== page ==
Escherichia coli

Definition

A Gram-negative, facultatively anaerobic, rod-shaped species belonging to the family Enterobacteriaceae


Supplement

Enterobacteriaceae is a family of Gram-negative, rod-shaped, typically 1-5 μm in length, facultative anerobes. Many of them are a normal part of the gut flora in the intestines of humans and other mammals. Escherichia coli belongs to this family. Thus, it is negative in gram staining and facultatively anaerobic. Its size is typically 0.5 x 3-5 m and is abundant in the colon of mammals. Many strains of Escherichia coli are harmless as they thrive in the gut of their host, and help in producing vitamin K2.1 Nevertheless, some serotypes can be pathogenic especially in immunocompromised host and may cause serious food poisoning in their hosts that ingest a contaminated food. In humans, pathogenic Escherichia coli can cause gastroenteritis, urinary tract infections, and neonatal meningitis.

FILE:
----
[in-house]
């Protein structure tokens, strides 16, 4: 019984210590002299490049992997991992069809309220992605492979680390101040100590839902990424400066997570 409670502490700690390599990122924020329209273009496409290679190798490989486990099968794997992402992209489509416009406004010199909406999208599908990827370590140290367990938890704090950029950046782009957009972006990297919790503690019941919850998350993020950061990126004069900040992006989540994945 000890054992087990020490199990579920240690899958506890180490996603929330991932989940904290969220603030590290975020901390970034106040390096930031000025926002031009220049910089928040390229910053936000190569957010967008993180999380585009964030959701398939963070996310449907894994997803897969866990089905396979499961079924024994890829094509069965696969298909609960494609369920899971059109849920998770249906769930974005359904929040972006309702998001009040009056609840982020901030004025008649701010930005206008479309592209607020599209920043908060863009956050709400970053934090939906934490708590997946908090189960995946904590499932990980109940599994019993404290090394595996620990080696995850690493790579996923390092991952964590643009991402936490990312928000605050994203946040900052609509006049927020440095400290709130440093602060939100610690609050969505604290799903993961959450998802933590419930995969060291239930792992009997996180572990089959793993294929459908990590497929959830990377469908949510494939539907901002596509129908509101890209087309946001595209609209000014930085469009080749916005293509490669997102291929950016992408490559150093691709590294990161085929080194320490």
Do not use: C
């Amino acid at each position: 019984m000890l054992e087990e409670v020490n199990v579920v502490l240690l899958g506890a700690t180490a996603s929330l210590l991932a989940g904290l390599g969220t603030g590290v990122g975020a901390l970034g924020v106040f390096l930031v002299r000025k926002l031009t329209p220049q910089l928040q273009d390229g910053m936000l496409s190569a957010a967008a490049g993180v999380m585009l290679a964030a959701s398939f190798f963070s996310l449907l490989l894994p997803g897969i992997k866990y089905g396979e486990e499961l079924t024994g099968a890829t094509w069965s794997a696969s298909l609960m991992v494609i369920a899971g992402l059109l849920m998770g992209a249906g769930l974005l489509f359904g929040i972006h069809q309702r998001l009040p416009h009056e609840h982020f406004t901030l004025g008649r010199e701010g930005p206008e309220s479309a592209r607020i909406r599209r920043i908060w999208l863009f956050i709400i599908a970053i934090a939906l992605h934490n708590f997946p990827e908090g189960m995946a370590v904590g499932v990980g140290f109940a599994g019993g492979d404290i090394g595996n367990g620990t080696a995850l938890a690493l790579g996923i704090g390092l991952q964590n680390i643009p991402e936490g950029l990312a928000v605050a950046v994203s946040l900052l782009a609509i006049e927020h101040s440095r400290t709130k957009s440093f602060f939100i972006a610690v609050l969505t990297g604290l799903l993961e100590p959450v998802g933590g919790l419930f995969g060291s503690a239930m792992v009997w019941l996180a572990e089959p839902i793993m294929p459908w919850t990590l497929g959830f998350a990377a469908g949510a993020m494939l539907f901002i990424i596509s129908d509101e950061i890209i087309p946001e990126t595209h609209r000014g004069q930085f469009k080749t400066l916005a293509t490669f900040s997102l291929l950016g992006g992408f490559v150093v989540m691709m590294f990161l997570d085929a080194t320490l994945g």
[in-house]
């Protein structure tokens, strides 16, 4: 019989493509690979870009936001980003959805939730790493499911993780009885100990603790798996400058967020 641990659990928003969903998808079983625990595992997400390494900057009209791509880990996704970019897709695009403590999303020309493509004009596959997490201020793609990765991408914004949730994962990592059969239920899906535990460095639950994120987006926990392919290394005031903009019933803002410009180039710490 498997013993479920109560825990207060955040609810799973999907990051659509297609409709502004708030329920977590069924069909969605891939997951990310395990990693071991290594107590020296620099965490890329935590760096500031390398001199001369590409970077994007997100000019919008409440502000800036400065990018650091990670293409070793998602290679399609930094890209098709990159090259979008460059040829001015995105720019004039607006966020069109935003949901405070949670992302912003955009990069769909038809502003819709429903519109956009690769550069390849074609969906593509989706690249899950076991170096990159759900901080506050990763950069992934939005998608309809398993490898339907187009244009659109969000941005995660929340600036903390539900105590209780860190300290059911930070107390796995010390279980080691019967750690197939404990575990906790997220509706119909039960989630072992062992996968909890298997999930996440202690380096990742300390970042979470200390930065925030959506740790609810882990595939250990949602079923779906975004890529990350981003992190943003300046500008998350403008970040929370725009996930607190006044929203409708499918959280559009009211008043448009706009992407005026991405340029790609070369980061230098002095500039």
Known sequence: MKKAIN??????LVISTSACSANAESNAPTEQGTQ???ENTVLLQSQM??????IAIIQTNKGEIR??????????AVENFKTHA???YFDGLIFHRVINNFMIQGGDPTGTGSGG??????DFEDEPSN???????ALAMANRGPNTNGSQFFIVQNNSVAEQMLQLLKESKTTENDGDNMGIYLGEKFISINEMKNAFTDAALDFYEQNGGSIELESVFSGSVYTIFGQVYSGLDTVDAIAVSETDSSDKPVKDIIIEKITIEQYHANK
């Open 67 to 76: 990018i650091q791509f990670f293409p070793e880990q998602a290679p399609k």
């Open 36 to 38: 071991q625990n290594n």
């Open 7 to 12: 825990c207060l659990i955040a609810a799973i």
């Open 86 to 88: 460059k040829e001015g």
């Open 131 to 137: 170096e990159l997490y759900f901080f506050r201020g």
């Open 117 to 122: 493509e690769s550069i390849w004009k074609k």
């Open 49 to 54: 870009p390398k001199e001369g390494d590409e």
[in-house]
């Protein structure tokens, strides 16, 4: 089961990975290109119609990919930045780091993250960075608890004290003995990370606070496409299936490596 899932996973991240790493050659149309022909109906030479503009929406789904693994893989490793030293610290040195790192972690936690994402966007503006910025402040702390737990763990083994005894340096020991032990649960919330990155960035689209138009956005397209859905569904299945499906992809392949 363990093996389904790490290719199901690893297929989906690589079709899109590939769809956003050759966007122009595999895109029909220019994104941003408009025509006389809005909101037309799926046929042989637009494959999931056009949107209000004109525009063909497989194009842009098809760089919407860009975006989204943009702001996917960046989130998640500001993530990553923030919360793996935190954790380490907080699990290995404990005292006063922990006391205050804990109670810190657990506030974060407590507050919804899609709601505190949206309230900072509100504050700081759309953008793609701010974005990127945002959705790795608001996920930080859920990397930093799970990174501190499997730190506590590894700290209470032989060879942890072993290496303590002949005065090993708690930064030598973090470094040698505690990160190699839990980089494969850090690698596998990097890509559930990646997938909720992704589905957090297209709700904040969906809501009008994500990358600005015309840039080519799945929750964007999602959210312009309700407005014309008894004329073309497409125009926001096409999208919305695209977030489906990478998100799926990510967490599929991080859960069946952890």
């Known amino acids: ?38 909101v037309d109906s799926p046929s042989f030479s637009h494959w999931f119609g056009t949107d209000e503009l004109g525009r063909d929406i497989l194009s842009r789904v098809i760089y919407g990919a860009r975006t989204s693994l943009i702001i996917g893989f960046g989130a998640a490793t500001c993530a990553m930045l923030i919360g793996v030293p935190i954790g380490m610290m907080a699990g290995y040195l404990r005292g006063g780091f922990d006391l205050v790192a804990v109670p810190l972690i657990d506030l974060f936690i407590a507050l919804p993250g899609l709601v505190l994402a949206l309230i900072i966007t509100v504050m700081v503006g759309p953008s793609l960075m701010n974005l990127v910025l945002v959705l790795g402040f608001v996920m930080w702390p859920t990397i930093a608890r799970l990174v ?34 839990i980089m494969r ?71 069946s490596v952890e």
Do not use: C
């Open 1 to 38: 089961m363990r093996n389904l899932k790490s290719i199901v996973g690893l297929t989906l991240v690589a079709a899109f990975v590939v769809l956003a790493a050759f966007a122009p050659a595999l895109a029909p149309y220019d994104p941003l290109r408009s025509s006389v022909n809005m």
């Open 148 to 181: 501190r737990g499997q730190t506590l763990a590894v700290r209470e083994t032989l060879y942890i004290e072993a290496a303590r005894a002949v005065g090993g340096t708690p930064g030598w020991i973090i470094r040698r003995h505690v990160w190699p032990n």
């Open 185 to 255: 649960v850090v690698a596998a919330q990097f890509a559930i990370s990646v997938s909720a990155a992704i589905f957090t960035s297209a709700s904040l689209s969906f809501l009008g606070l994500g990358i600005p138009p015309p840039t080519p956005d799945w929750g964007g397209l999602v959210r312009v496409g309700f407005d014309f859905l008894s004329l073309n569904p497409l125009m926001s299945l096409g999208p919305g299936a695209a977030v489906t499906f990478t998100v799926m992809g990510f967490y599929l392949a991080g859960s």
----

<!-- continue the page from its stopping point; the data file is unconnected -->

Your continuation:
Escherichia coli plays an important role in many laboratory experiments. They have been used in biological engineering and industrial microbiology. For instance, this species are used in recombinant DNA technology.


Abbreviation / Acronym: E. coli

Scientific classification:

See also:

Related term(s):

Mentioned in:

Reference(s):
1 Bentley, R. & Meganathan, R. (1982). "Biosynthesis of vitamin K (menaquinone) in bacteria". Microbiol. Rev. 46 (3): 241–80.

Retrieved from "http://www.biology-online.org/bodict/index.php?title=Escherichia_coli&oldid=100650"
First | Previous (Escherichia) | Next (Escherichia coli infections) | Last
Advertisement
Please contribute to this project, if you have more information about this term feel free to edit this page.